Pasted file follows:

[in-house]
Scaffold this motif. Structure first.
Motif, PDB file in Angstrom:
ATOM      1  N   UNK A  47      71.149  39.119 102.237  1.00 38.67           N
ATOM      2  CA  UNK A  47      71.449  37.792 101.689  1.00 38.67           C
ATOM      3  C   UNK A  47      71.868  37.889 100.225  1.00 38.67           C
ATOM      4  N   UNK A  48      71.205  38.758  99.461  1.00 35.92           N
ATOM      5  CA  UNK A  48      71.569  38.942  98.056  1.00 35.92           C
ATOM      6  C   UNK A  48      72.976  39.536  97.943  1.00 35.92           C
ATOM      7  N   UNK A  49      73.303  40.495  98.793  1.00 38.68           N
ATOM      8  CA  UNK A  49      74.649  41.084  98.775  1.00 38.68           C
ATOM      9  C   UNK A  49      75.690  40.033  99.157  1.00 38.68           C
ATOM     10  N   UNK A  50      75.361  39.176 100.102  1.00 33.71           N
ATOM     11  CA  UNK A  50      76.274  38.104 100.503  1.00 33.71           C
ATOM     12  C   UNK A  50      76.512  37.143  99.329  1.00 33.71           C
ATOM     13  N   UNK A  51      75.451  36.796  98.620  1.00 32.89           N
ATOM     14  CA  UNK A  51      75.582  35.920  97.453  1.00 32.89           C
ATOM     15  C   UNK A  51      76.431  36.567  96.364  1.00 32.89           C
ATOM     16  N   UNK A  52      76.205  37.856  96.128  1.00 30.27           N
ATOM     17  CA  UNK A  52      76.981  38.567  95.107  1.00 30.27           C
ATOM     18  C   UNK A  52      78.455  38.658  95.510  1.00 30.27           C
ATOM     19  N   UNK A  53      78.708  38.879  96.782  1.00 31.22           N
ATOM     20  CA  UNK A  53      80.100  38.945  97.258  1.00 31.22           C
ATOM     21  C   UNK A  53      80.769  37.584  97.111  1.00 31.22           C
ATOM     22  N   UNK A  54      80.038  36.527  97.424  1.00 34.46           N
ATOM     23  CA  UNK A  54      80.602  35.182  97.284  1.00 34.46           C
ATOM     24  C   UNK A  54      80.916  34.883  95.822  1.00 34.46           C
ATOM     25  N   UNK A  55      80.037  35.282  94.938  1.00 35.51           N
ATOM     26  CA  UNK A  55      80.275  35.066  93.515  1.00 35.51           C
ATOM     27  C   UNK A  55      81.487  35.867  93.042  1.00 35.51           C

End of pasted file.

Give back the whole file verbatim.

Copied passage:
[in-house]
Scaffold this motif. Structure first.
Motif, PDB file in Angstrom:
ATOM      1  N   UNK A  47      71.149  39.119 102.237  1.00 38.67           N
ATOM      2  CA  UNK A  47      71.449  37.792 101.689  1.00 38.67           C
ATOM      3  C   UNK A  47      71.868  37.889 100.225  1.00 38.67           C
ATOM      4  N   UNK A  48      71.205  38.758  99.461  1.00 35.92           N
ATOM      5  CA  UNK A  48      71.569  38.942  98.056  1.00 35.92           C
ATOM      6  C   UNK A  48      72.976  39.536  97.943  1.00 35.92           C
ATOM      7  N   UNK A  49      73.303  40.495  98.793  1.00 38.68           N
ATOM      8  CA  UNK A  49      74.649  41.084  98.775  1.00 38.68           C
ATOM      9  C   UNK A  49      75.690  40.033  99.157  1.00 38.68           C
ATOM     10  N   UNK A  50      75.361  39.176 100.102  1.00 33.71           N
ATOM     11  CA  UNK A  50      76.274  38.104 100.503  1.00 33.71           C
ATOM     12  C   UNK A  50      76.512  37.143  99.329  1.00 33.71           C
ATOM     13  N   UNK A  51      75.451  36.796  98.620  1.00 32.89           N
ATOM     14  CA  UNK A  51      75.582  35.920  97.453  1.00 32.89           C
ATOM     15  C   UNK A  51      76.431  36.567  96.364  1.00 32.89           C
ATOM     16  N   UNK A  52      76.205  37.856  96.128  1.00 30.27           N
ATOM     17  CA  UNK A  52      76.981  38.567  95.107  1.00 30.27           C
ATOM     18  C   UNK A  52      78.455  38.658  95.510  1.00 30.27           C
ATOM     19  N   UNK A  53      78.708  38.879  96.782  1.00 31.22           N
ATOM     20  CA  UNK A  53      80.100  38.945  97.258  1.00 31.22           C
ATOM     21  C   UNK A  53      80.769  37.584  97.111  1.00 31.22           C
ATOM     22  N   UNK A  54      80.038  36.527  97.424  1.00 34.46           N
ATOM     23  CA  UNK A  54      80.602  35.182  97.284  1.00 34.46           C
ATOM     24  C   UNK A  54      80.916  34.883  95.822  1.00 34.46           C
ATOM     25  N   UNK A  55      80.037  35.282  94.938  1.00 35.51           N
ATOM     26  CA  UNK A  55      80.275  35.066  93.515  1.00 35.51           C
ATOM     27  C   UNK A  55      81.487  35.867  93.042  1.00 35.51           C